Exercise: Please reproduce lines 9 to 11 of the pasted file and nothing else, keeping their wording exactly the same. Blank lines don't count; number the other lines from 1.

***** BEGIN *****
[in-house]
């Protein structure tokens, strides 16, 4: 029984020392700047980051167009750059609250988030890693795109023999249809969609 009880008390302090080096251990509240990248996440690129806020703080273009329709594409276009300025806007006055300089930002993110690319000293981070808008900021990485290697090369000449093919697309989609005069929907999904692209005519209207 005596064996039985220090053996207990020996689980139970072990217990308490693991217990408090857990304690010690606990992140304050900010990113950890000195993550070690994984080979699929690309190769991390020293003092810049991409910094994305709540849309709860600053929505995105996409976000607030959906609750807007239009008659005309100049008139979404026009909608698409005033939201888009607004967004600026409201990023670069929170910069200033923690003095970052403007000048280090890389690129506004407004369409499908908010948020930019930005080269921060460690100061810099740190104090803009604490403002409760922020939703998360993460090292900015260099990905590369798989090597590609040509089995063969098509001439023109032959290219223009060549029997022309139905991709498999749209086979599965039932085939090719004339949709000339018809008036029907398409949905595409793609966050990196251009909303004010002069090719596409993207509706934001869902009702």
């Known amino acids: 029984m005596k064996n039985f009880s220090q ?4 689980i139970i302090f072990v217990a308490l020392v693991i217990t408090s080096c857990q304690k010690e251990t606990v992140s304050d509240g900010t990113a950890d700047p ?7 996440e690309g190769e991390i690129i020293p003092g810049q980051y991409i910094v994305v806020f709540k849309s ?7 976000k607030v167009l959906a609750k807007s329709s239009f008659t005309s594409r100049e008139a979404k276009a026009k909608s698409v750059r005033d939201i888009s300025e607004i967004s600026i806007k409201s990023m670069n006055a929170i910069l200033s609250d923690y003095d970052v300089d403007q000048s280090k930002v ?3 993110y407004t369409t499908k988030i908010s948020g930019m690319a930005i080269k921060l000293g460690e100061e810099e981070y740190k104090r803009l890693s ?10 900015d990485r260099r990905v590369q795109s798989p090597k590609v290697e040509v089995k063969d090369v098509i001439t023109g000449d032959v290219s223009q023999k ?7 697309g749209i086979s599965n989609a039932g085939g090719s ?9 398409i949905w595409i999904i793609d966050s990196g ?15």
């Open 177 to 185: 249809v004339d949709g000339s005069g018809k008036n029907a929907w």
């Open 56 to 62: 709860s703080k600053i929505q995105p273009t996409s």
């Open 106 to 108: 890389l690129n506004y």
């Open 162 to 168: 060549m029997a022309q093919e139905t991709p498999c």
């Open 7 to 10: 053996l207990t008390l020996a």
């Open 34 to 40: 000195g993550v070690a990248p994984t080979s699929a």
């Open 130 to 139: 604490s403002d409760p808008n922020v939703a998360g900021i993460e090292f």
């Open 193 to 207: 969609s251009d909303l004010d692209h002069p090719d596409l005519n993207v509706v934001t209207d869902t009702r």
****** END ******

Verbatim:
């Open 34 to 40: 000195g993550v070690a990248p994984t080979s699929a």
């Open 130 to 139: 604490s403002d409760p808008n922020v939703a998360g900021i993460e090292f």
């Open 193 to 207: 969609s251009d909303l004010d692209h002069p090719d596409l005519n993207v509706v934001t209207d869902t009702r």